Do you believe that USASOC is “right-sized” for current and projected operational tempos? If not, why not?
ARSOF employs empowered soldiers and integrated units capable of delivering ARSOF cross-functional teams across the range of modern warfare challenges, and leverages adaptive and innovative institutional capabilities to provide the joint force an enduring competitive edge over our nation’s adversaries. Recently approved growth will help fill critical personnel gaps and will assist us in maintaining a sustainable readiness model, making USASOC formations even more capable of supporting combatant commander directed missions.
USASOC is constantly evolving to meet the demands of the future operating environment.
How do you see the USASOC mission evolving in the future?
USASOC’s enduring mission is to man, train, equip, educate, organize, sustain, and support all Army special operations forces. USASOC 2035 Strategy objectives call for the development of technology, training, and other solutions to address current and future capability gaps. The future operating environment continues to evolve with highly adaptive state and non-state adversaries seeking to challenge the status quo of our national interests. The forms of conflict employed by adversaries in the future are expected to be hybrid in nature, blending conventional, irregular, and informational and cyber capabilities, and will more often challenge the stability of regions through indirect means. ARSOF will continue to play a key role in obtaining early understanding of emerging threats and in deploying a suite of capabilities to deter threats, control escalation of crises, and buy time and space for holistic solutions that call upon all elements of national power.
Will those missions require new capabilities?
We still have a number of initiatives in development that are related to personnel management, doctrine, training, and equipping. We will continue these initiatives as we take the next step to identify and obtain capabilities required by our formations in the future. Some specific capabilities we’re looking at include our next generation of rotary-wing aviation and unmanned aerial systems [UAS], counter-UAS, WMD tracking, mobility, and counter-integrated air defense systems. USASOC Strategy 2035 and the Campaign Plan that operationalizes it are designed to adapt to changing demands over time.
USASOC’s enduring mission is to man, train, equip, educate, organize, sustain, and support all Army special operations forces.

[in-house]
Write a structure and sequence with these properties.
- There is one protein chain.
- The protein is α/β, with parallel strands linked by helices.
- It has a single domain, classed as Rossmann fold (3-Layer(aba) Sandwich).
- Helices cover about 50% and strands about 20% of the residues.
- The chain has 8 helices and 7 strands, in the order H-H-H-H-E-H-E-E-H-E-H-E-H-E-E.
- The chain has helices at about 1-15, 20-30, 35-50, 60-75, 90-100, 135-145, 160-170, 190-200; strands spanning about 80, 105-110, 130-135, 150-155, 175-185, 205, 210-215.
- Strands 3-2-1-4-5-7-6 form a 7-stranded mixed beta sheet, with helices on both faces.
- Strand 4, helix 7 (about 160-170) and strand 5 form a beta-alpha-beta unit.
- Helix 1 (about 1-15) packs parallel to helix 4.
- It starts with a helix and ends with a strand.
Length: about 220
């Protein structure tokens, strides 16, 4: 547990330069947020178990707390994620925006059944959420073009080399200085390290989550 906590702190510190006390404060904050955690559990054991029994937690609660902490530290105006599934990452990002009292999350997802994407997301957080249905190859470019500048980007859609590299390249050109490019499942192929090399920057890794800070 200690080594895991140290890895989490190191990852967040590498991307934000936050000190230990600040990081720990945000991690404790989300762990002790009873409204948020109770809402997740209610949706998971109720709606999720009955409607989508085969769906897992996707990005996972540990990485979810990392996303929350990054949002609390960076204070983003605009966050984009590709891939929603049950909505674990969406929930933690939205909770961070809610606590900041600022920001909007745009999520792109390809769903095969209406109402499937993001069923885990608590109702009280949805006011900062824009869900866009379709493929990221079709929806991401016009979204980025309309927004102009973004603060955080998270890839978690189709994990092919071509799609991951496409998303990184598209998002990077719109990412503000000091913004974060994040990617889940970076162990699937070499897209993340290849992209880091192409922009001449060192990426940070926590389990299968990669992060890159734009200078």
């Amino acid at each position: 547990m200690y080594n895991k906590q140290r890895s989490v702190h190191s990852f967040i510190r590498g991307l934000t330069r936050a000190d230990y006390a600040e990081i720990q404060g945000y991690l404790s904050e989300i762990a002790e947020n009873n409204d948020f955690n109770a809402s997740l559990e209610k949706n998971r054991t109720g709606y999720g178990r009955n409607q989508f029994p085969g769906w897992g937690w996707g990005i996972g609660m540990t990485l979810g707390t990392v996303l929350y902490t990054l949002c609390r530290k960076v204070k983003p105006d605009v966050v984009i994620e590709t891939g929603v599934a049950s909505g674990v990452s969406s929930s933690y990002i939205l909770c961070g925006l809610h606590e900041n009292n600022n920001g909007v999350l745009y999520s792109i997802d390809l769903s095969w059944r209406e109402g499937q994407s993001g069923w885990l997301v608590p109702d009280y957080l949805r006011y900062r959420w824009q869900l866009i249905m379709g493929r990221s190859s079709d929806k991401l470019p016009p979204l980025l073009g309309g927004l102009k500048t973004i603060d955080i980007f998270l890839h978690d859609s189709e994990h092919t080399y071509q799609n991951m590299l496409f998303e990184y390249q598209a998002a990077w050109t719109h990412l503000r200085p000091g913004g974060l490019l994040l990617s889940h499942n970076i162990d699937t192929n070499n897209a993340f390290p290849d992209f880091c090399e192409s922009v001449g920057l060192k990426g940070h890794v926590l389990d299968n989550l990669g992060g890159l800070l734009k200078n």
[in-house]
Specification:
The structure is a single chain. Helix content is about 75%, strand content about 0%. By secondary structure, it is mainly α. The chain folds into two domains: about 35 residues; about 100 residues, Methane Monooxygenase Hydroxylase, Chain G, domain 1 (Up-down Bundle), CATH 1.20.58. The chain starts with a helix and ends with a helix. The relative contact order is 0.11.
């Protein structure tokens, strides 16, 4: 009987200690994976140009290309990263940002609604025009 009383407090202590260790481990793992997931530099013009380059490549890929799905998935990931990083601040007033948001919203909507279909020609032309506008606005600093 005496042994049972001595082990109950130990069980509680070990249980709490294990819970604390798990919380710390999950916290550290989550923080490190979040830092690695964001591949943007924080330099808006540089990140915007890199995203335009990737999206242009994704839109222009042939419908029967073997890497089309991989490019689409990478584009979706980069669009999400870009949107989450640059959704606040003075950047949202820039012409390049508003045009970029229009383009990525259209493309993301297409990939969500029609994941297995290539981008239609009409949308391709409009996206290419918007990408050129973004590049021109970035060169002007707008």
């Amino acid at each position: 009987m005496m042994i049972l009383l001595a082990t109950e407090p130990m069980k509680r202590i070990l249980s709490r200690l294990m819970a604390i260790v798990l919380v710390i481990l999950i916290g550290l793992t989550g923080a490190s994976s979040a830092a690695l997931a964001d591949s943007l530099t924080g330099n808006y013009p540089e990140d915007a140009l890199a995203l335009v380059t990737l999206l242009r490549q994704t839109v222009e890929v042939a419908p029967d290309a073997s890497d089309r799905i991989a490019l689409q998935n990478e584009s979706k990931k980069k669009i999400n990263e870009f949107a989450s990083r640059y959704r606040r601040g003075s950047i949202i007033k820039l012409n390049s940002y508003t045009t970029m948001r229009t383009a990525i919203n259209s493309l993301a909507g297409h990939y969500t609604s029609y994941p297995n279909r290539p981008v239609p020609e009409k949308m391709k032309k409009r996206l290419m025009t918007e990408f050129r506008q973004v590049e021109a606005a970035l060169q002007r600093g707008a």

Are you able to identify any recent activities that bring a special sense of pride to your organization?
While there are numerous activities that bring a sense of pride, our indigenous approach capability is one in which our soldiers establish, develop, and advise partner forces. This is a deliberate effort that follows a methodology honed over the years of SOF capacity building in nations around the world. The Iraqi Counter Terrorism Service, or CTS, is a good example of successful partner forces. The CTS is a force established and developed by Army Special Forces in a capacity-building effort that started in 2003 and extends through today. The effort began with two battalions and grew into three Iraqi special operations brigades, a force generation institution, and a division-level command structure. Over years of engagement, Special Forces trainers established an initiative-based organizational culture in the CTS, driven by a will to win. The effort prepared the CTS to face ISIS and to transform their operating methodology to win against the new threat.
CTS forces were originally built and trained for counterterrorism and counterinsurgency precision raids. The fight against ISIS required the CTS to transform into a combined arms maneuver force that employs indirect fires and armor in a synchronized manner. They successfully made the transformation and continue to refine their tactics, techniques, and procedures based on lessons they learn from each battle with ISIS.
Today, the CTS consists of about 10,000 Iraqi soldiers and stands as the Iraqi government’s force of choice to lead attacks to retake cities from ISIS. Cities liberated by the CTS include Tikrit, Haditha, Ramadi, Hit, and Fallujah, and CTS played a key role in the recent liberation of Mosul. Partner capacity building takes time. Quality forces that endure and succeed cannot be created quickly. This was one approach in which we saw great successes.
Where are the greatest challenges of operating on a global basis?
Some of the greatest challenges include a constrained future operating environment, characterized by peer, near-peer, and non-state competitors, technologically advanced threats, ubiquitous surveillance, artificial intelligence-enabled battle networks, globally scaled and interconnected information, and the increasing relevance of people and populations in competition and conflict.
Partner capacity building takes time. Quality forces that endure and succeed cannot be created quickly.
Any other takeaway messages you would care to share about ARSOF?
ARSOF elements consistently fill more than 60 percent of all U.S. SOF deployments worldwide, deploying in more than 70 countries on any given day of the year, representing a force of approximately 33,000 and more than half of the nation’s SOF. In an era of uncertainty, ARSOF must continue to provide the nation with a portfolio of complementary capabilities to address future hybrid threats. ARSOF capabilities allow each of our soldiers to make and keep a promise to our nation – to protect the nation without fear, without fail, without equal.
This interview was originally published in the 2018-2019 edition of Special Operations Outlook.